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Alaska Department of Fish and Game


Ice Seal Research
Movements and Habitat Use Studies

Most Recent Update

Most Recent Tracking Map
During the last fourteen days we have received locations for 1 ringed seal (solid line) and 2 bearded seals (dashed lines). None of these seals have moved far during the last two weeks; their most recent locations are within 12 miles of their location on the previous update. The ringed seal, RS14-01-M, and one bearded seal, BS15-07-M, are still in Norton Sound, east of Nome. The bearded seal BS15-03-F is in Bristol Bay, in the Southeast Bering Sea. Sea ice data are courtesy of the U.S. National Ice Center, dated 1 February (http://www.natice.noaa.gov).

Animation of Seal Locations and Sea Ice in 2015

See also: Animation of Seal Locations and Sea Ice in 2014

Ice Seal Tracking Maps Archive

2015 – 2016

2014 – 2015

2012

Project Overview

There are four species of seals in Alaska that are referred to as “ice associated seals” or “ice seals” because they use sea ice for some important life history events such as pupping, nursing, molting, and resting. Ringed (Pusa hispida), bearded (Erignathus barbatus), spotted (Phoca largha), and ribbon (Histriophoca fasciata) seals are all used for subsistence by coastal Alaska Natives for food, oil, materials, clothing, and handicrafts. Ice seals are found in the Bering, Chukchi, and Beaufort seas but little is known about the timing and magnitude of their movements by species and even less is known about movements by sex and age classes and whether individuals return to the same places seasonally and what important habitats are. Reductions in sea ice have increased interest in shipping and oil and gas activities, which increases the need to understand ice seal movements and habitat use in order to plan shipping lanes, oil and gas lease sales, and to develop effective mitigation measures for their protection. A combination of satellite tag technology and the skills of Native subsistence seal hunters to capture seals and deploy transmitters will greatly increase our knowledge of seal movements and behavior in a relatively short period of time. The focus of this study is to work with interested seal hunters at different villages along the west and north coasts of Alaska to capture and deploy satellite transmitters on ringed, bearded, spotted, and possibly ribbon seals. Tracking seals tagged at multiple locations, potentially as far south as Bristol Bay and as far north as Kaktovik, will allow us to better understand the range and timing of movements, use of sea ice including haulout behavior, important habitats, degree of seasonal site fidelity, and behavior near ships, including seismic and other petroleum related activities. Seal research is conducted under NMFS permit #15324 and ADF&G Animal Care and Use Permit #2014-03.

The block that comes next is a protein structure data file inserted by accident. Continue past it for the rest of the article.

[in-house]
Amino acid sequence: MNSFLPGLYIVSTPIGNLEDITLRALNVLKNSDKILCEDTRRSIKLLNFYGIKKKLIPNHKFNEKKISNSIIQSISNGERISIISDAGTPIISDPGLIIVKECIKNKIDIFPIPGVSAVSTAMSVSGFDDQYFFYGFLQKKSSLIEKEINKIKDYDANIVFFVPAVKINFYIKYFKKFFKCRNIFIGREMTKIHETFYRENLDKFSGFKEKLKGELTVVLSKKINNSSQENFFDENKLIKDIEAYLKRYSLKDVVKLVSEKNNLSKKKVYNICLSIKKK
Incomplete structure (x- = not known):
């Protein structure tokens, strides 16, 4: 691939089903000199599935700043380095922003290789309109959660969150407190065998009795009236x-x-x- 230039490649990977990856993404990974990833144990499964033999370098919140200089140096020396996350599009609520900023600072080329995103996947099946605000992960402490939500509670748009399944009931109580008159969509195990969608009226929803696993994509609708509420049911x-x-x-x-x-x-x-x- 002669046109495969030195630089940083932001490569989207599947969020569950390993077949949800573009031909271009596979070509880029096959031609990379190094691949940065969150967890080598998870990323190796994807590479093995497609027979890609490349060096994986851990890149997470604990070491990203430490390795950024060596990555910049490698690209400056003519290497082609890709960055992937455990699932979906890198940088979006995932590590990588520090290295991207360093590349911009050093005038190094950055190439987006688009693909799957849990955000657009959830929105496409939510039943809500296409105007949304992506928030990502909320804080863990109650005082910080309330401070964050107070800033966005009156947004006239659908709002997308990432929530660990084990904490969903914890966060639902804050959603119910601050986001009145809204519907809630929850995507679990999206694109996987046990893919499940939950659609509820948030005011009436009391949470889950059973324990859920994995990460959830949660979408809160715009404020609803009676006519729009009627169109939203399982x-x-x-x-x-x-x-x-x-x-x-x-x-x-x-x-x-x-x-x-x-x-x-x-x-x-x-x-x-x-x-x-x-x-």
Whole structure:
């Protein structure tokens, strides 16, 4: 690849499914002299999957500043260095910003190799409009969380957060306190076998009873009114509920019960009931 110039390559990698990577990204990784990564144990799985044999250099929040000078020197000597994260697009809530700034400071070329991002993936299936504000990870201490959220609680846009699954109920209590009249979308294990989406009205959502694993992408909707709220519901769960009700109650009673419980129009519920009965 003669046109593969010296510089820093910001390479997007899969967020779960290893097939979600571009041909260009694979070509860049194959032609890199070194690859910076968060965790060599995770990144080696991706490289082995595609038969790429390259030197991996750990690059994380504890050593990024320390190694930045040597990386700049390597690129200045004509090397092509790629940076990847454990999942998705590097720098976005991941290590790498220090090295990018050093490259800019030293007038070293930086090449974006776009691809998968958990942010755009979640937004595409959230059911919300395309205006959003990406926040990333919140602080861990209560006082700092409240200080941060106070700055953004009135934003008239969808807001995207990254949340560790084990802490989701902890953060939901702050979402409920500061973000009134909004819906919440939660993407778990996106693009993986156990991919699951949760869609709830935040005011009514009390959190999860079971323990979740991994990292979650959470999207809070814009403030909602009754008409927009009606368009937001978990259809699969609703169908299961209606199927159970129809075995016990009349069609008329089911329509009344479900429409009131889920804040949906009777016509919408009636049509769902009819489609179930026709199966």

Tagging activities in 2015

May 2015: We tagged 1 young male ringed seal on 14 May. This seal was tagged near the community of Hooper Bay by Albert Simon 2nd. Albert 2nd was assisted by Mark Nelson (ADF&G).

August 2015: During August we tagged 8 bearded and 1 ringed seal in the Norton Sound region. We tagged 4 young bearded seals (2 male and 2 female) on 18–20 August about 15 miles up the Koyuk River from the community of Koyuk. These seals were tagged by a local seal hunter and reindeer herder Merlin Henry. We also tagged 4 young bearded seals (2 male and 2 female) and 1 young female ringed seal on 22 and 23 August in St. Michael Canal and Little St. Michael Canal, near the community of St. Michael. These seals were tagged by a local crew of seal hunters Alexander Niksik and Palsson Fitka. The hunter-taggers in both locations were assisted by Mark Nelson (ADF&G).

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Figure 1. Albert Simon 2nd preparing to tag a young ringed seal near Hooper Bay, 14 May 2015.
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Figure 2. Alexander Niksik tagging a young bearded seal captured in St. Michael Canal, 22 August 2015.

Tagging activities in 2014

June 2014: We tagged 4 adult ringed seals (2 male and 2 female) and 1 young male bearded seal on 18 and 19 June. The seals were tagged south of Kotzebue by the local crew consisting of John Goodwin, Pearl Goodwin, Boyuk Goodwin, Frank Garfield, Edward Ahyakak, and Denali Whiting with logistics assistance by Alex Whiting. The non-local crew included Kathy Frost and Mark Nelson.

September 2014: We tagged 3 young male bearded seals between 26 and 30 September about 15 miles up the Koyuk River from the community of Koyuk. The seals were tagged by a local seal hunter and reindeer herder Merlin Henry and Mark Nelson.

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Figure 3. John and Pearl Goodwin searching for seals to tag in Kotzebue Sound.
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Figure 4. A net was used to capture ringed and bearded seals near Kotzebue. Photo by Denali Whiting, 19 June 2014.
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Figure 5. A net was used to capture this ringed seal near Kotzebue. Left to right: Frank Garfield, Boyuk Goodwin, Edward Ahyakak, and Kathy Frost. Photo by Denali Whiting, 19 June 2014.
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Figure 6. Ringed seal tagged near Hooper Bay. Left to right: Mark Nelson and Florence (Nukusuk) Kargi. Photo by Albert Simon.
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Figure 7. Merlin Henry with a young bearded seal tagged in the Koyuk River, 30 September 2014.

Previous Ice Seal Movement and Habitat Use Studies

We have worked with seal hunters from the Native Village of Kotzebue to capture and tag ringed seals to learn more about movements and habitat use. We are expanding this project to other villages.